If you thought Will.i.am made an unlikely advocate of the technology industry, news that David Beckham is backing a new video streaming platform will come as even more of a shock.
The former England great is the founding investor of new live-streaming service MyEye, we learnt this week.
The smartphone app, brainchild of ex-game developers Mark Betteridge and Lee Musgrave, allows users to stream content from their mobile device to social media sites. According to the duo, Becks has stepped in to act as ambassador of MyEye owing to his “real understanding of both the positive impact and great potential of social media”.
Beckham, who boasts an impressive 77 million social media followers, said: “I'm always looking to back and support British businesses that have the ability and vision to do something truly transformational on the global stage, and I believe that MyEye has the potential to change the way people interact through social media.”
It's a good thing to see Beckham putting his considerable riches into mobile technology. Just be thankful the proposed headline "Bend it like Tech-ham" was shouted down in the Mobile Europe offices.
A Fin in the (VR) water
Fresh from rumours that Nokia is cooking up new handsets, we’re now hearing word that the Finnish vendor has its sights set on virtual reality.
According to Re/Code, Nokia plans to lift the lid on its own VR project next week, at an event for VIPs in Los Angeles. If true, the vendor will officially have a hand to play in the much-hyped virtual reality space. It's very much in the early stages but has gained the vested interests of Google, HTC, Sony, Microsoft and Oculus owner Facebook, amongst others.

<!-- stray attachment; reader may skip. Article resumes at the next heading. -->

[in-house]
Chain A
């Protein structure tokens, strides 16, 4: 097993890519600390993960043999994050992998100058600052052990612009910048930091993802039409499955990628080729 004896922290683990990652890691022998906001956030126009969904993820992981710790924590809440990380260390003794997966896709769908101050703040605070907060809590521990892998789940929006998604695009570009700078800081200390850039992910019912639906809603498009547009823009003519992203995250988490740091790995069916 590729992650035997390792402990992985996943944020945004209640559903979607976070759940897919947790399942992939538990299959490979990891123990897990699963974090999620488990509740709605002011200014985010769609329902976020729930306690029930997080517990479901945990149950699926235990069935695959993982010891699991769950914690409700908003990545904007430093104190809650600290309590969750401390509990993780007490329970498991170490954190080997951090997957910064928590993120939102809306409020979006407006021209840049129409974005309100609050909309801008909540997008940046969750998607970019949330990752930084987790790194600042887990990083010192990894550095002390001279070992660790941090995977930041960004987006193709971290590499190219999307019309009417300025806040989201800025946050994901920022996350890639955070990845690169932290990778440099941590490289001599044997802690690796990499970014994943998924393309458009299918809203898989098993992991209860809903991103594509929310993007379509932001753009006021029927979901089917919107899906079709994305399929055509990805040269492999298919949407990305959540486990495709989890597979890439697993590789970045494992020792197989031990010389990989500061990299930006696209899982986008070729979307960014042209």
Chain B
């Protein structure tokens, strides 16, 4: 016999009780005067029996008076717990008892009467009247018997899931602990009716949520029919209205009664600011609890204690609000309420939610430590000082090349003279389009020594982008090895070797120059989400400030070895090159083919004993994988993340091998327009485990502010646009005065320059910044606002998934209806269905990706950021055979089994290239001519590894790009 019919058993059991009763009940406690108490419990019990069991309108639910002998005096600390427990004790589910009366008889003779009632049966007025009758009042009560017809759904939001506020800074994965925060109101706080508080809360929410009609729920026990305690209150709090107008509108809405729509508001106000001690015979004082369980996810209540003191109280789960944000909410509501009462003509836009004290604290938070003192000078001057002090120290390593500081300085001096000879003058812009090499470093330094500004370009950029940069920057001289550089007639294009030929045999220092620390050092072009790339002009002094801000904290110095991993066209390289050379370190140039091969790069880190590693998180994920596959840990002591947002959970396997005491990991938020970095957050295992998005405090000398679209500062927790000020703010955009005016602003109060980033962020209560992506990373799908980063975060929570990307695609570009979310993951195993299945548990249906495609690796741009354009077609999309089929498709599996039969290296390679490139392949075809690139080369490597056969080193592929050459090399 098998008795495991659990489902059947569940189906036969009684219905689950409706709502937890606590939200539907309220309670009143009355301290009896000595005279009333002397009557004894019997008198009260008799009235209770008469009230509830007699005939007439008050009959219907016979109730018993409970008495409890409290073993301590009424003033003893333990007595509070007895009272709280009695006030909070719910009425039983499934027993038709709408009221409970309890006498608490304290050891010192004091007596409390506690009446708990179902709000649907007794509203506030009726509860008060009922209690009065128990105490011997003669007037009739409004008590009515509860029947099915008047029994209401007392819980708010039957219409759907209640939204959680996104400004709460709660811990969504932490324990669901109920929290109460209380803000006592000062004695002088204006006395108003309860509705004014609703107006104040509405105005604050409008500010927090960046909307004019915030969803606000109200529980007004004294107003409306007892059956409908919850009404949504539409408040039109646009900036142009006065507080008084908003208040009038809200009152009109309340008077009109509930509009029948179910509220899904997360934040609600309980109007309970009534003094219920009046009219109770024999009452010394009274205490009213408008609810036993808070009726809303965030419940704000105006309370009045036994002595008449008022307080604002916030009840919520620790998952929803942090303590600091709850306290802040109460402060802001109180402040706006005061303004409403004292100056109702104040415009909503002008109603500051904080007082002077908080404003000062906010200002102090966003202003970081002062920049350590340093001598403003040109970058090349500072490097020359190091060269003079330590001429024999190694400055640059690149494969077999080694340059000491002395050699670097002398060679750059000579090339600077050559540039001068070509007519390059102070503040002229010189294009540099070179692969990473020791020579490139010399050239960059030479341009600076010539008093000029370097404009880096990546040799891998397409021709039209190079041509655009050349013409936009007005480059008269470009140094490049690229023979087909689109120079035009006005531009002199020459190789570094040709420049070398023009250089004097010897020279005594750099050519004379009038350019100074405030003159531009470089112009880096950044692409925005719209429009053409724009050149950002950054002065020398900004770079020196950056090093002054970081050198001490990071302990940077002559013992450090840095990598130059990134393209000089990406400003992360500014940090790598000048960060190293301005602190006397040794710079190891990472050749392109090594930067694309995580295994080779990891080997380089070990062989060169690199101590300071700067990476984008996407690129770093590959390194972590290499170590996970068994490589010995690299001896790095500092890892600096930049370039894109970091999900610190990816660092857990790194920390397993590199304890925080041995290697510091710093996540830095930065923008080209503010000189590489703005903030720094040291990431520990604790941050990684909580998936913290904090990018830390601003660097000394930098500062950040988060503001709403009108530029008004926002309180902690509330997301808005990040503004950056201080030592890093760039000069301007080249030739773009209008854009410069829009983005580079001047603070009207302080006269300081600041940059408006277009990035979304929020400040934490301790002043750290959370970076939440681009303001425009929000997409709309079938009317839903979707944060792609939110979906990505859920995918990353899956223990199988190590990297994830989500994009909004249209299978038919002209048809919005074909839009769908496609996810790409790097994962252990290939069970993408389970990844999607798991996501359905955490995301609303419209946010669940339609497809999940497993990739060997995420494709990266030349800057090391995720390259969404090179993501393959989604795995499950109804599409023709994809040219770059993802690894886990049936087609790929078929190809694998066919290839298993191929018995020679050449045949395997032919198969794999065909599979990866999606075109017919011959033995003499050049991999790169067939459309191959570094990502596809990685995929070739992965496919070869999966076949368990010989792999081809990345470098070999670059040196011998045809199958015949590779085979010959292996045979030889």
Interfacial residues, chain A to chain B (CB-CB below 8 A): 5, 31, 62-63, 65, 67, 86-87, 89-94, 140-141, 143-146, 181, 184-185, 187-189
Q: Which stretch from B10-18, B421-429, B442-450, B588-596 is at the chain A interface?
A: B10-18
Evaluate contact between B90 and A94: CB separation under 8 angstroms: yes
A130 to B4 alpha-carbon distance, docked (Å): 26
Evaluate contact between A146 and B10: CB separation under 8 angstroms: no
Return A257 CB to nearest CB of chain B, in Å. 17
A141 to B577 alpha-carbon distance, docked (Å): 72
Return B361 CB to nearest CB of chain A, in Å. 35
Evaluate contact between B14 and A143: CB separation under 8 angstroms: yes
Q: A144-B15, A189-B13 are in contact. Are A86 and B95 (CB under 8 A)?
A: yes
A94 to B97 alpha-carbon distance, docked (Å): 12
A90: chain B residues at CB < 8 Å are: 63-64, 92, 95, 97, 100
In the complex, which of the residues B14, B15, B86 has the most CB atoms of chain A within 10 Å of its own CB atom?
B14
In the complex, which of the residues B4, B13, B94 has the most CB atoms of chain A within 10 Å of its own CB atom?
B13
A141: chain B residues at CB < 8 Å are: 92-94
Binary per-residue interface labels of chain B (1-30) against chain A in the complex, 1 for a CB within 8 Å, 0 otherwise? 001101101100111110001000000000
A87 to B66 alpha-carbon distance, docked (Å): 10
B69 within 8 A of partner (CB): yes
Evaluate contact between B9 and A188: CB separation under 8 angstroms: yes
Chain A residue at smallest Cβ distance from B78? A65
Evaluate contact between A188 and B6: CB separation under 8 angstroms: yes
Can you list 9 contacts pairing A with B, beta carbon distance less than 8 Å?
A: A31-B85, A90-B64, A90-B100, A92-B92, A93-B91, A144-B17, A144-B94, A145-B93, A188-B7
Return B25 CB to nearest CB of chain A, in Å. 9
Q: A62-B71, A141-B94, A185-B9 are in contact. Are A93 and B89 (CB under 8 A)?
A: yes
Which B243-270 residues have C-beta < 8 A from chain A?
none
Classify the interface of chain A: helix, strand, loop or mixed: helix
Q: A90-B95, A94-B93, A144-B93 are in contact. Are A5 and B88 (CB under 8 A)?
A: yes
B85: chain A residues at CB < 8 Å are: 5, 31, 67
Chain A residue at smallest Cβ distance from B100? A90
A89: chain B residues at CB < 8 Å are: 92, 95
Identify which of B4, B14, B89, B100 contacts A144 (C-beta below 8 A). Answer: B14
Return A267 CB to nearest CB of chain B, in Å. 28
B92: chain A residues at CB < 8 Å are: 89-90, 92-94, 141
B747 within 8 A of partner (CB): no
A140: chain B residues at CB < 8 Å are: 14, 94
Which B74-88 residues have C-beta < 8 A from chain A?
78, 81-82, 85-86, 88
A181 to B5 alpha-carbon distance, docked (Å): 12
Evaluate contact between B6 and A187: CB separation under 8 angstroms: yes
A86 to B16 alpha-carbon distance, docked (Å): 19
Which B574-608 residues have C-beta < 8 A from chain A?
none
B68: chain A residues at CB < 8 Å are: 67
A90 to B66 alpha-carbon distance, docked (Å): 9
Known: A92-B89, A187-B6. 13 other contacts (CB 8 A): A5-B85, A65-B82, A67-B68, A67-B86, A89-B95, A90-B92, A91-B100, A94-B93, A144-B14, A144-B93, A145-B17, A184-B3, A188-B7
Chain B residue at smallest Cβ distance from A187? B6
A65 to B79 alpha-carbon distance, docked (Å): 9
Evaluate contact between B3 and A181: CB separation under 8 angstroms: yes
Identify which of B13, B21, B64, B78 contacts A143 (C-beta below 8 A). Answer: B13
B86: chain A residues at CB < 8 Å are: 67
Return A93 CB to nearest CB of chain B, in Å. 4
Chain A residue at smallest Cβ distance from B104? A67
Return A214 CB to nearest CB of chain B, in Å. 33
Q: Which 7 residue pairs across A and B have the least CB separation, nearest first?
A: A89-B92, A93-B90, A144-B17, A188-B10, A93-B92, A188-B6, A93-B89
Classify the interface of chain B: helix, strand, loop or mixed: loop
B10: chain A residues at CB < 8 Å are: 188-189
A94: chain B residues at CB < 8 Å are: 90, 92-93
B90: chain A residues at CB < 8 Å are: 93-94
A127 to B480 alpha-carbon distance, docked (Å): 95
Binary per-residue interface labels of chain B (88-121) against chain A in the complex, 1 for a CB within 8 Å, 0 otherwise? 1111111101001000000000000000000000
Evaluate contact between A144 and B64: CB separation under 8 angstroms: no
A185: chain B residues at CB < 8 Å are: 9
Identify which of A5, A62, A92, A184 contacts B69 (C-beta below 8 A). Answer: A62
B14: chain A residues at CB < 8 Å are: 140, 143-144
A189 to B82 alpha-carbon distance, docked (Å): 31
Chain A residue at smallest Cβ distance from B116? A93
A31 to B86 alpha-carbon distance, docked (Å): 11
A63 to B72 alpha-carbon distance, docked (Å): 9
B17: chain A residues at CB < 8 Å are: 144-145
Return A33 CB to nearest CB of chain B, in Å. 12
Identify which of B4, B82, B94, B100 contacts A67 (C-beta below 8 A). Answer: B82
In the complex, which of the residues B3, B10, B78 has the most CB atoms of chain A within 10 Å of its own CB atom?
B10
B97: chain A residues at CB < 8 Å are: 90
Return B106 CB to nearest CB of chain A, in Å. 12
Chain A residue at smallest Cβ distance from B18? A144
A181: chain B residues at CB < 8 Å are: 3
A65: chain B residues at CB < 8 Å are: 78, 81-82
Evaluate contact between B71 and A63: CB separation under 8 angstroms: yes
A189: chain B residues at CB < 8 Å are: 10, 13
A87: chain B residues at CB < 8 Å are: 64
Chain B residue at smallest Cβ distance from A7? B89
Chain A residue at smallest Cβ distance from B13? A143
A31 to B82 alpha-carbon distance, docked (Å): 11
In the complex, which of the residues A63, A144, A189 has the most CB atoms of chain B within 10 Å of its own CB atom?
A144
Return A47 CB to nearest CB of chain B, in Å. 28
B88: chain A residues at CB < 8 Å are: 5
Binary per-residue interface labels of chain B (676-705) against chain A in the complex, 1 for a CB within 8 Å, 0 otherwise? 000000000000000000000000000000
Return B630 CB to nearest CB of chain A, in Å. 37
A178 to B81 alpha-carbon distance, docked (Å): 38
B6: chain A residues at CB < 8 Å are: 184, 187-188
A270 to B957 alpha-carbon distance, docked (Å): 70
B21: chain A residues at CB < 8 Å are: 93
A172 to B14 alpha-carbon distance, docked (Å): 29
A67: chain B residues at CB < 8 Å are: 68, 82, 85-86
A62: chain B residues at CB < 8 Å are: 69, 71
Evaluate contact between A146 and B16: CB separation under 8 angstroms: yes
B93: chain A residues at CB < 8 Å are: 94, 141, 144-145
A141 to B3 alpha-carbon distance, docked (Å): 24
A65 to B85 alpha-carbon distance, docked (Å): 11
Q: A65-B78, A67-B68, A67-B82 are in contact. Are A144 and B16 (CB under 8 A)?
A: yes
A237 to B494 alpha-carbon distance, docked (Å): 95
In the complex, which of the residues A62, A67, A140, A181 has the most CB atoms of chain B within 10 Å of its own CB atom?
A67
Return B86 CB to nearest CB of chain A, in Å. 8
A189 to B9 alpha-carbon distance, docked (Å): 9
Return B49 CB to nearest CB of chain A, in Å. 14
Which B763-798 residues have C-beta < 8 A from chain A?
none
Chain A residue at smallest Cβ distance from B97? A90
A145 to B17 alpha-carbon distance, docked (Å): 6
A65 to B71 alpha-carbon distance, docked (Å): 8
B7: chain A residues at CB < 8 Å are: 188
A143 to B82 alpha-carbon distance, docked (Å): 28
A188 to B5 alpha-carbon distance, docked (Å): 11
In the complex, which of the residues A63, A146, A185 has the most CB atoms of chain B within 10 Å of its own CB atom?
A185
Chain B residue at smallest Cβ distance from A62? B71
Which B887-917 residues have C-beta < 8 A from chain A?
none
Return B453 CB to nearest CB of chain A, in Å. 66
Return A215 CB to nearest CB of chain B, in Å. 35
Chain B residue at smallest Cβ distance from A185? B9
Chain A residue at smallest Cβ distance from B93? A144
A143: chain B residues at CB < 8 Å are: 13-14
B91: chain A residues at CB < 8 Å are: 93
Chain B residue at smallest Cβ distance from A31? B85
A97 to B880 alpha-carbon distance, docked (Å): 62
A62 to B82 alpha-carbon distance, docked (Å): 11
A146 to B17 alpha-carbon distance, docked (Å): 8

The rumoured product is expected to come from Nokia’s Technologies arm, one of the company’s three remaining units following the ill-fated acquisition of its phone business by Microsoft in 2013.
Microsoft, which incurred losses of $2.1 billion (€1.9 billion) in Q2 following the recent write off of said unit, has its own AR/VR product in the works in the form of the HoloLens, pegged for release in 2016.
Not so much japes as a frightening harbinger of the Internet of Things, this week Jeep owners were advised to update their connected cars after vulnerabilities were found in Fiat Chrysler’s Uconnect software.
As reported by the Guardian on Tuesday, security experts have stumbled across a hole in the connected car platform that allows hackers to hijack vehicle controls, with potentially disastrous results.
The vulnerability allows cyber-crooks to remotely take control of the brakes, engine and even the steering itself: essentially all the bits of a car that can determine whether you live or die.
Elsewhere in the connected car realm, Bosch and TomTom revealed they were buddying up to develop ultra-accurate mapping tech for autonomous vehicles.
New Scientist reported this week that the North Carolina State University is equipping cockroaches with small electrodes that can be controlled via a drone. The reason? Search and rescue.
According to the university, the cockroaches’ small size makes them ideal for seeking out survivors of natural disasters such as earthquakes.
The electrodes attached to each insect stimulate the bugs’ antennae, effectively dictating the direction in which they move. The drone, meanwhile, sets up a “radio fence”, providing a spacial constraint for the cockroaches and allowing rescuers to target the search within a set area.
Moving in a swarm and equipped with directional microphones, the cockroaches are trained to listen out for sound and hone in on its location. This information is then beamed back up to the drone and relayed to the rescue team.
The university told New Scientist it is planning real-world tests within the next two months, with heroic drone-based airdrops also being considered.
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